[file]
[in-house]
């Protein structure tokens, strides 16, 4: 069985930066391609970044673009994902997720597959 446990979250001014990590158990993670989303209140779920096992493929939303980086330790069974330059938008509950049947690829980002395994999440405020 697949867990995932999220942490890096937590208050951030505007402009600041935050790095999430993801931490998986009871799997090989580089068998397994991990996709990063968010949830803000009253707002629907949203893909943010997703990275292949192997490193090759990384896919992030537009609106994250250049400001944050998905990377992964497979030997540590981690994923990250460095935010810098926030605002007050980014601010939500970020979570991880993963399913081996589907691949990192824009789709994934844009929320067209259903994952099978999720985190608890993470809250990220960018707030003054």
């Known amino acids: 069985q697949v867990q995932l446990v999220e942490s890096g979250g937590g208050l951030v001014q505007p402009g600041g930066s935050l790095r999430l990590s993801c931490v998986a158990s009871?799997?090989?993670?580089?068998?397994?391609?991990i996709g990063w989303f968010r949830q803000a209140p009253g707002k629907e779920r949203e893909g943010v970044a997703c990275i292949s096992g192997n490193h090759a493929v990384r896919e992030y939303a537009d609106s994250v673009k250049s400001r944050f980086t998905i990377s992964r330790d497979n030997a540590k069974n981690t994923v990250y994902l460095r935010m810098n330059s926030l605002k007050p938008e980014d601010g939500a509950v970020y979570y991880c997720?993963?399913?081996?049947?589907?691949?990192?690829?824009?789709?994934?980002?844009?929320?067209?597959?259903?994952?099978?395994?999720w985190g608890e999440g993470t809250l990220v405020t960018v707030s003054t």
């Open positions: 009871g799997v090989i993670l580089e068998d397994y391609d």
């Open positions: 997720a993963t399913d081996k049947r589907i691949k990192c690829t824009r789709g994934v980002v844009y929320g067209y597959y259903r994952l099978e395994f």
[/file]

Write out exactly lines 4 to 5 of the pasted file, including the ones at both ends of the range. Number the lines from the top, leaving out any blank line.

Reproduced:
């Open positions: 009871g799997v090989i993670l580089e068998d397994y391609d």
């Open positions: 997720a993963t399913d081996k049947r589907i691949k990192c690829t824009r789709g994934v980002v844009y929320g067209y597959y259903r994952l099978e395994f």